Note: Where available, the PDF/Word icon below is provided to view the complete and fully formatted document
 Download Full Day's HansardDownload Full Day's Hansard    View Or Save XMLView/Save XML

Previous Fragment    Next Fragment
Thursday, 3 December 1936

Senator A J McLACHLAN (SOUTH AUSTRALIA) (Postmaster-General) . - I move -

That the bill be now read a second time.

The principal purpose of this bill is to amend section 7 of the Customs Tariff (Industries Preservation) Act 1921-1933 with a view to providing to Australian industry the full measure of protection which was contemplated when the act was originally framed. The existing section provides for the imposition of dumping freight duty on goods exported to Australia, which are of a class or kind "produced or manufactured in Australia, and which have been, or are being, carried either free of freight charges or at rates of freight which are lower than the prevailing rates for such goods. These concessions may be on account of the goods being carried in subsidized ships or as ballast, or they may take the form of rebates, which are granted in certain circumstances. Under the section as it at present stands, the dumping freight duty payable on goods coming under its provisions is 5 per cent, of the fair market value of such goods at the time of shipment. Honorable senators will appreciate that a dumping duty calculated on this basis bears no direct relationship to any freight concession which has been granted, or may be granted, in respect of goods imported under conditions which bring them within the provisions of the section. In respect of goods the fair market value of which is high in relation to their weight or bulk, dumping freight duty calculated on the 5 per cent, basis at present set down in the act has proved more than sufficient to give the desired protection to Australian industry. On the other hand, there are goods of low value in comparison with their weight or bulk, as for example, coke, cement and steel. It has been found that, in some instances, the dumping duty payable under the existing section is not nearly sufficient to provide the protection necessary on account of freight dumping.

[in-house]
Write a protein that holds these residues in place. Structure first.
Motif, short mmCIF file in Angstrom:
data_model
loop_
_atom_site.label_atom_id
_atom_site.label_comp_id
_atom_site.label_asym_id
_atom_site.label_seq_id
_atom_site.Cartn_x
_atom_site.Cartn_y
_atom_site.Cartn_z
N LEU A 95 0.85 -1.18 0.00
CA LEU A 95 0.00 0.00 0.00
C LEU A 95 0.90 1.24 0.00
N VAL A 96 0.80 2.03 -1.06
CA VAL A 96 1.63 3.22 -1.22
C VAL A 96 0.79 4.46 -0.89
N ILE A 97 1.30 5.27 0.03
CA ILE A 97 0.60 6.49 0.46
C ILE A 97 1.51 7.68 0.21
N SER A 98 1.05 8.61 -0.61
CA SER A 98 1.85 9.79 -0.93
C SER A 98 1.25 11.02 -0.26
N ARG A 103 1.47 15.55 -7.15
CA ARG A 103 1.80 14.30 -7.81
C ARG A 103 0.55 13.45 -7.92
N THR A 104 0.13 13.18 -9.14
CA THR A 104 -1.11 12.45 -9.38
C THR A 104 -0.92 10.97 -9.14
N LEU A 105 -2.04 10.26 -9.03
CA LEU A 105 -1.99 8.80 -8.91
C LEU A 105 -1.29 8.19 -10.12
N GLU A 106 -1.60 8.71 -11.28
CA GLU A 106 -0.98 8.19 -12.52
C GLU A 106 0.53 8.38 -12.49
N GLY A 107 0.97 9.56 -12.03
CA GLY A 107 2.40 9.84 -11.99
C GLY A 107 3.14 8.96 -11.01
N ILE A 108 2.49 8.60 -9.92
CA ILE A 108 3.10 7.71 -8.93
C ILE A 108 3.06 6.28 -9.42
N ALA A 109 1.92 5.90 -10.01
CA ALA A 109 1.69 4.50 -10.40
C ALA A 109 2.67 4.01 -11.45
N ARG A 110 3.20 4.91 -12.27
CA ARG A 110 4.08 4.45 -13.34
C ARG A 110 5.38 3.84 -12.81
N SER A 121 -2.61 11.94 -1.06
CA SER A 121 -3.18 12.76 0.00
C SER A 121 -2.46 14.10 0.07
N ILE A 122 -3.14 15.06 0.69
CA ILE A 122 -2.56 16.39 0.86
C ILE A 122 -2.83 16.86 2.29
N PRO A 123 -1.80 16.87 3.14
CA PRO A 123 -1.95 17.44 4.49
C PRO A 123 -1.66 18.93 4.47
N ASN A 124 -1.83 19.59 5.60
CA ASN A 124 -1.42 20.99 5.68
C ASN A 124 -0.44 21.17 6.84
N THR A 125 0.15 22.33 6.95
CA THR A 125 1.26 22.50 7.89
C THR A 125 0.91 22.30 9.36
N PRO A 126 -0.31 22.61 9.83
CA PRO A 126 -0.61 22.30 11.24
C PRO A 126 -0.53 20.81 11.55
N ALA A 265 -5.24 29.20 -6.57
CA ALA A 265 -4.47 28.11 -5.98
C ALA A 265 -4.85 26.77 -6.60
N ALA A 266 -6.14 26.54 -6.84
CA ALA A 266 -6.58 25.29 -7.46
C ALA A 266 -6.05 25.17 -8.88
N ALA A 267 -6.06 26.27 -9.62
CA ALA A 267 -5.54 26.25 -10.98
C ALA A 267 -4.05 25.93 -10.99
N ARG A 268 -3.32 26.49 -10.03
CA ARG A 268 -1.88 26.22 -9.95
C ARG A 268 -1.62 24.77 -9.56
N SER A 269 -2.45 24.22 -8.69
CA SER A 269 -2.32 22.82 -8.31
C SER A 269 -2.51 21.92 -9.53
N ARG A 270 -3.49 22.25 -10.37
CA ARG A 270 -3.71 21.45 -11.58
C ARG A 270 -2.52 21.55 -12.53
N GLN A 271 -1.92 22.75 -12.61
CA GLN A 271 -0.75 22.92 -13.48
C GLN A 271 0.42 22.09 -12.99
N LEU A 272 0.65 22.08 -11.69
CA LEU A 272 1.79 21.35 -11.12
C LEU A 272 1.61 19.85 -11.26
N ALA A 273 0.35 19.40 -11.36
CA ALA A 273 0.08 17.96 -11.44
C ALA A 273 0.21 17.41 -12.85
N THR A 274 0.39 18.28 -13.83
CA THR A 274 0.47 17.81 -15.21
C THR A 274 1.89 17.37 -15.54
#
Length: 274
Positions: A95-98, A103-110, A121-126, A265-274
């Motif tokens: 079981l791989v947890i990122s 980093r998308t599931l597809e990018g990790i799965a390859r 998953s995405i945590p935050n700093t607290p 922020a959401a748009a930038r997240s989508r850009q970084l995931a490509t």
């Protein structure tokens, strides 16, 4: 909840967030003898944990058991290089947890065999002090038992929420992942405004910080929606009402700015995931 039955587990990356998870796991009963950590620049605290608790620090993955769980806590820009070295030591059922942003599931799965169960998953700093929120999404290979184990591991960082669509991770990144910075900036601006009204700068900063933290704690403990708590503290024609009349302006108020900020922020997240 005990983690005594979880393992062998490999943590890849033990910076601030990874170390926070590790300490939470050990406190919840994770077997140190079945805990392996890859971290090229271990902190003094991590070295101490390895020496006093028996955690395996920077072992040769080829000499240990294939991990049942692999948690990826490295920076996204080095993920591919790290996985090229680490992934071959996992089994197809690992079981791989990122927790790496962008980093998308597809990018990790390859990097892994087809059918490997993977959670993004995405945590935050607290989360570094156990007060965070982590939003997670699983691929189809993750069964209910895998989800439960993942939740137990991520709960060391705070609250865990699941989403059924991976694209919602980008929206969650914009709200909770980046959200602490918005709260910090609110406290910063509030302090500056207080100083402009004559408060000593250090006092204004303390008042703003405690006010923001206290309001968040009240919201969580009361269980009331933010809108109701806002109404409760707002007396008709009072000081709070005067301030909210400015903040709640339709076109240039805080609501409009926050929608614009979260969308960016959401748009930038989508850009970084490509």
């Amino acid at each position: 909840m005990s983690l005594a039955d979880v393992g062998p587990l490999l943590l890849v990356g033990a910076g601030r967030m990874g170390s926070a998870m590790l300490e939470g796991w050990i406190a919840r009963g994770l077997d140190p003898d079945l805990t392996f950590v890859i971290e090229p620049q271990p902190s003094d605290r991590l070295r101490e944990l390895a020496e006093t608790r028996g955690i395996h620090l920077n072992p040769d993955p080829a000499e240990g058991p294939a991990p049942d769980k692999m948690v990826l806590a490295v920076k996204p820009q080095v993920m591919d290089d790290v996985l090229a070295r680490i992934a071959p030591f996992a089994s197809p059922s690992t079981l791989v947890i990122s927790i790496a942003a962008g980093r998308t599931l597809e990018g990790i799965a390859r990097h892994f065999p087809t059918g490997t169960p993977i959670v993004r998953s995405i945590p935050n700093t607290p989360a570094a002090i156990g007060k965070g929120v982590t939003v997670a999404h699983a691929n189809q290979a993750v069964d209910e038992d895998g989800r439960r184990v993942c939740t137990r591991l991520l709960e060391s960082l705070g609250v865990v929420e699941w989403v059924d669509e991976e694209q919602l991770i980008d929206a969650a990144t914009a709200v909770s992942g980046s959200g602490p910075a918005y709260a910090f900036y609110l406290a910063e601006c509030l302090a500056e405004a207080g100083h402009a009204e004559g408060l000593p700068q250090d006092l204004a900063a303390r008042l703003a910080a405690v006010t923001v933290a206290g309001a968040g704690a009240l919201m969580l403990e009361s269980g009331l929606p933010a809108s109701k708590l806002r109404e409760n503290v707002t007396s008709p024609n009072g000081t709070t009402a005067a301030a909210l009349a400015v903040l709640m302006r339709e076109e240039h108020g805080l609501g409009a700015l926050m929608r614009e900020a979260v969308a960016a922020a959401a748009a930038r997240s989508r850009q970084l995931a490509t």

The position may be illustrated by a shipment of cement which was recently imported in a new vessel, which was brought to Australia to engage in trade. The cement was carried as ballast at a freight charge of 15s. 2d. sterling per ton, whereas the normal rate of freight on cement is approximately 26s. sterling per ton, the difference of 10s. lOd. sterling per ton representing the actual freight concession allowed on the shipment. Under the existing section 7, however, a freight dumping duty of only ls. 6d., Australian currency, can be collected. Even after this freight dumping duty is collected, the importer is still advantaged to the extent of 12s. Id., Australian currency.